First Self-Driving, 3D-Printed Smart Bus Hits the Streets of Washington, DC

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Olli, created by Arizona-based Local Motors, officially hit the streets of the nation's capital Thursday. Using an app similar to Uber or Lyft, ride-seekers can order the bus to pick them up and drop them off at their destinations of choice. Olli is electric-powered and 3D-printed, reducing the vehicles footprint before and after it hits the road, Local Motors wrote in a release. The bus can even talk to riders. "Olli offers a smart, safe and sustainable transportation solution that is long overdue," John B. Rogers Jr., Local Motors CEO and co-founder, said.


The Self-Driving Car Industry Goes to Washington

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A bevy of robocar-oriented companies has founded a lobby--a move than provides the single clearest sign that the industry is maturing. The lobby's chief, David Strickland, would like all regulatory decisions to be coordinated by the National Highway Transportation Safety Administration (NHTSA). Strickland sure knows what to do: he's a former administrator of NHTSA--and yet another example of Washington's revolving door. The lobby is called the Self-Driving Coalition for Safer Streets, and it includes Google, Ford, Volvo, Uber and Lyft. It looks as if Google is the prime mover here.


The Latest: Amtrak also affected by CSX derailment

U.S. News

Amtrak says two of its trains that travel between Pittsburg and Washington are being affected by the CSX derailment over the weekend. Amtrak said in a statement Monday that its Capitol Limited train, which runs daily between Washington and Chicago, won't run between Pittsburgh and the District of Columbia. Amtrak will be bussing passengers to and from Pittsburg to complete their journeys. On a normal day, Amtrak has one Capitol Limited train that runs from Washington to Chicago and another that runs from Chicago to Washington. Amtrak's train 29 leaves Washington around 4 p.m. for Chicago and its train 30 leaves Chicago around 6:45 p.m. for the District of Columbia.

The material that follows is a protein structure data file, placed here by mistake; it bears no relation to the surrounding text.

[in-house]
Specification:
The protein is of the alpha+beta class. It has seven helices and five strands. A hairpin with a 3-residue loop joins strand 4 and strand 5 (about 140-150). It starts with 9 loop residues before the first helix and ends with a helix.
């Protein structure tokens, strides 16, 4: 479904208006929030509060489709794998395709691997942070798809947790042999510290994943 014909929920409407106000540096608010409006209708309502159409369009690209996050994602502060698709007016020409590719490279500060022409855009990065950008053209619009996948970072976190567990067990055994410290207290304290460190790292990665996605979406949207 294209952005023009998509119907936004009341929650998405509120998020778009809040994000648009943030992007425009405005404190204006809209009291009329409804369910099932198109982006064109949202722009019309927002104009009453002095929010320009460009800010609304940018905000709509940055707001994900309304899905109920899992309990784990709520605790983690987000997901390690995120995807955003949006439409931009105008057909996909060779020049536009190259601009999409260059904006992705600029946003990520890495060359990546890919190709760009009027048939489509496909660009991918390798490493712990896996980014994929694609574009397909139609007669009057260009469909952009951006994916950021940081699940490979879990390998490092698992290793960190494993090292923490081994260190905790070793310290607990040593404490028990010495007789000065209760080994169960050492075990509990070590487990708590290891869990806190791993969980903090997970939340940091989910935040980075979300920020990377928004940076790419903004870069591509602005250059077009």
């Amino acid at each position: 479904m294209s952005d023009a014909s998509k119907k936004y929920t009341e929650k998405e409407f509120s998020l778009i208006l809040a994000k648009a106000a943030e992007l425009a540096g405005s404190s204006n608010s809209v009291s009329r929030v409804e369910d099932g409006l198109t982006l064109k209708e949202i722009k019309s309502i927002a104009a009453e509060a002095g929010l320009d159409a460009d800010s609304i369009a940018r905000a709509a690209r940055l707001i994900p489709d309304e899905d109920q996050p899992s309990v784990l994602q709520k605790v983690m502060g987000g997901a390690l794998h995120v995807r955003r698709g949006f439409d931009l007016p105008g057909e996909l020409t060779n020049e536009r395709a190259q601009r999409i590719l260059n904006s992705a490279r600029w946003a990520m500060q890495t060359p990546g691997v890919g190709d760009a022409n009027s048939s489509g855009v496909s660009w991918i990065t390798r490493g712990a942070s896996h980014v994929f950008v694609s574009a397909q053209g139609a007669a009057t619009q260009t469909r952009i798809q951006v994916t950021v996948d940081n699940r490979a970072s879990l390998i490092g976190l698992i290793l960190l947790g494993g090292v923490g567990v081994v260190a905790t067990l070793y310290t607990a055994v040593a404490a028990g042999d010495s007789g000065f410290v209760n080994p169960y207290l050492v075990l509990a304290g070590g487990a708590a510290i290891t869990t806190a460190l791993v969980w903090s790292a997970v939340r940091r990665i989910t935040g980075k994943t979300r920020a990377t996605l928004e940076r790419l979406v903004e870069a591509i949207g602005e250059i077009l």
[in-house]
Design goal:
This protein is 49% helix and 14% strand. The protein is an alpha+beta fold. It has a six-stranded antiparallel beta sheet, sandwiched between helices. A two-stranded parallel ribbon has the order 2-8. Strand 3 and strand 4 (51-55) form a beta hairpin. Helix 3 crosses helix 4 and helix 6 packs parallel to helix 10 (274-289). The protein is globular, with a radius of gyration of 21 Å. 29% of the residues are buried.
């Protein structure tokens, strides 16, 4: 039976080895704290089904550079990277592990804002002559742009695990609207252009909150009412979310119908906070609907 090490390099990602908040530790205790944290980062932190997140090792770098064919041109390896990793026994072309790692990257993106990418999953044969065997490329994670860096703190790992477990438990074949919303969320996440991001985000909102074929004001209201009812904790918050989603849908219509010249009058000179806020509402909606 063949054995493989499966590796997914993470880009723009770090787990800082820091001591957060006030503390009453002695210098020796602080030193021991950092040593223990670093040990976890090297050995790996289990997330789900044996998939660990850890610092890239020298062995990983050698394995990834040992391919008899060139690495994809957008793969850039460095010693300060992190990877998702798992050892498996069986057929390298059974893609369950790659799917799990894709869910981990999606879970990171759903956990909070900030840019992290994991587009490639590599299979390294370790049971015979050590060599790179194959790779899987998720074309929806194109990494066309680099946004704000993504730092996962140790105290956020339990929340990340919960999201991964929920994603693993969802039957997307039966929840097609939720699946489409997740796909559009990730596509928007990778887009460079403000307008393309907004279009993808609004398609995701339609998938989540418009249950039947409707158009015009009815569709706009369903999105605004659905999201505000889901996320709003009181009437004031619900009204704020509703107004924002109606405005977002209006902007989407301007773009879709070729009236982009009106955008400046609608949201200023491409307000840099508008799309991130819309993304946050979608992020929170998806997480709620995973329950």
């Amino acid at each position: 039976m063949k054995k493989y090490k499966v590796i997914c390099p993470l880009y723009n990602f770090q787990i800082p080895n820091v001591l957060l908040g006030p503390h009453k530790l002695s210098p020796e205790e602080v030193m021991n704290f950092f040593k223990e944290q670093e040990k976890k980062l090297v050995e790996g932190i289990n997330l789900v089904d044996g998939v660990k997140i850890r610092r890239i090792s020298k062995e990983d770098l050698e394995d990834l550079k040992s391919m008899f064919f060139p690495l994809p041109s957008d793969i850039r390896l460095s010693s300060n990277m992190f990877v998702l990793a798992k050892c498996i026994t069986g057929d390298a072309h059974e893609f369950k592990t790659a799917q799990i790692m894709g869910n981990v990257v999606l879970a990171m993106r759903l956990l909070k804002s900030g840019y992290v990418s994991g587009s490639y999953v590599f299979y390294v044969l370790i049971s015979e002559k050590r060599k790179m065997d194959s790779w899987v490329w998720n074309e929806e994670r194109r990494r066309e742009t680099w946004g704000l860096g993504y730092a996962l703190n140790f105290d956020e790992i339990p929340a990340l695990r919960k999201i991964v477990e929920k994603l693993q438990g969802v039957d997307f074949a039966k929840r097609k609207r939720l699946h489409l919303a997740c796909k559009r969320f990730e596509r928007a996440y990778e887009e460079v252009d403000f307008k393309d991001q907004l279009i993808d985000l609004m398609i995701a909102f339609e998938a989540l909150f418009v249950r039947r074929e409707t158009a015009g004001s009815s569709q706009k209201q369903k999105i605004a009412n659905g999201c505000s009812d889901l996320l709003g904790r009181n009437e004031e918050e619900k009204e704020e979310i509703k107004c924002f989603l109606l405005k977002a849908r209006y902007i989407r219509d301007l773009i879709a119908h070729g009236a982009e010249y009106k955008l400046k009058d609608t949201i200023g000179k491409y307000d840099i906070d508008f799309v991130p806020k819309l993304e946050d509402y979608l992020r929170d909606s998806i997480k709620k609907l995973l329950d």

Autonomous delivery bots will soon stroll the streets of Washington D.C.

PCWorld

Some Washington, D.C., residents may soon be sharing the streets with Starship Technologies' delivery robots. Back in June, Washington became the first U.S. city to approve a pilot program of the ground-based delivery robots. Among some restrictions, the D.C. Council bill specifies that PPDs, or personal delivery devices, must not operate above 10 miles per hour, must weigh less than 50 pounds without cargo, and must obey all traffic and pedestrian signs and signals. Starship Technologies' bot is equipped to follow all of these guidelines. It weighs around 40 pounds and is capable of carrying about three filled shopping bags while rolling along at a safe speed of four miles per hour.


Missing couple feared man sought in their disappearance

U.S. News

Patrick Shunn and Monique Patenaude worried about getting on the wrong side of the man who lived a little ways up an old logging road from their 21-acre spread along the Stillaguamish River. When they sued other neighbors over a property dispute more than two years ago, they avoided naming him as a defendant because they didn't want to irk him, their former lawyer said Monday. But now the couple is missing and presumed murdered, and investigators are trying to track down the man, John Blaine Reed, 53, along with his brother, Tony Clyde Reed, 49. Snohomish County Sheriff Ty Trenary said surveillance video linked them to the dumping of the victims' cars over an embankment in a remote, wooded area near Oso, about 50 miles north-northeast of Seattle. Both brothers had previously been convicted of felonies, the sheriff's office said, though it did not release details about their backgrounds.